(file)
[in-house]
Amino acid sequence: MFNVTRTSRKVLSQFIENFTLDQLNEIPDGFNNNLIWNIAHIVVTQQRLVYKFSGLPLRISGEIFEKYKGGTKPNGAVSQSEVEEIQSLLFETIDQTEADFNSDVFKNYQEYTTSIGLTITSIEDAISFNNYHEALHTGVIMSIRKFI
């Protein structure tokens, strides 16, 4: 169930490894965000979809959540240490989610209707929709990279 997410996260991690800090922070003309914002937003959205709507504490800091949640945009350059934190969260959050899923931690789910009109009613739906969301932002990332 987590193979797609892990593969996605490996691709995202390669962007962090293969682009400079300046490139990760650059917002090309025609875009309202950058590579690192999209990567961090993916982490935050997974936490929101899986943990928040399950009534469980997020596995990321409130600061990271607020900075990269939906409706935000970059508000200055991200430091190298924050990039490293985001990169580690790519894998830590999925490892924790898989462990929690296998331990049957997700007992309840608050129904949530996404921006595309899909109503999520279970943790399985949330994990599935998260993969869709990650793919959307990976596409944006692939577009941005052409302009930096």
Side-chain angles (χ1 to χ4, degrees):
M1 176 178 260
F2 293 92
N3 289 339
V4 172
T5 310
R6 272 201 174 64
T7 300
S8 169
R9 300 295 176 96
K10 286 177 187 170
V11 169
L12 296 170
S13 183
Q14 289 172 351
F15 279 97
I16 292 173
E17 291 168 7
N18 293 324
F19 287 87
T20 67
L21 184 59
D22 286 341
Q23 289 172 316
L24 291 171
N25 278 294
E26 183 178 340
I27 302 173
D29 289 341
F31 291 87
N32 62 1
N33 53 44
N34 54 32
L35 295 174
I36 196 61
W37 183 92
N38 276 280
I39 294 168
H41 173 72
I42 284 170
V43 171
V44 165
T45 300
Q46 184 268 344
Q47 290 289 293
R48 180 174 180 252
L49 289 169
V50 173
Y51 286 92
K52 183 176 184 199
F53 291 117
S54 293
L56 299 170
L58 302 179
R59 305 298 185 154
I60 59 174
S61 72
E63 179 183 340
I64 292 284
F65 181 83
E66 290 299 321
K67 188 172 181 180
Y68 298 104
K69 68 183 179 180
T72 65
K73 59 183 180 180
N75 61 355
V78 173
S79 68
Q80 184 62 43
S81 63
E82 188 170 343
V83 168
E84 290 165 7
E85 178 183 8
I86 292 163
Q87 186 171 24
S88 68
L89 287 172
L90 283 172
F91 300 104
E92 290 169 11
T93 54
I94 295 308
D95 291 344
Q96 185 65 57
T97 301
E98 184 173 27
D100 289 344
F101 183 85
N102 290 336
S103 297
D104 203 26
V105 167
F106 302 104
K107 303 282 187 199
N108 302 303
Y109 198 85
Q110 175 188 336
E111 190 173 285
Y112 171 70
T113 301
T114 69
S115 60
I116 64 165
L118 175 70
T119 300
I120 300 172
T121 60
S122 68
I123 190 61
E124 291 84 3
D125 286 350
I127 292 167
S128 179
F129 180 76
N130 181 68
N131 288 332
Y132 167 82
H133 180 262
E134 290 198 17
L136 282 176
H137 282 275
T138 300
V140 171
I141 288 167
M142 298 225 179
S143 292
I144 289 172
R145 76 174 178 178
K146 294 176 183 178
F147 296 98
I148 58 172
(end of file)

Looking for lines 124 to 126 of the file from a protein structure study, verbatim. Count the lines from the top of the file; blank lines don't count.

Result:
E134 290 198 17
L136 282 176
H137 282 275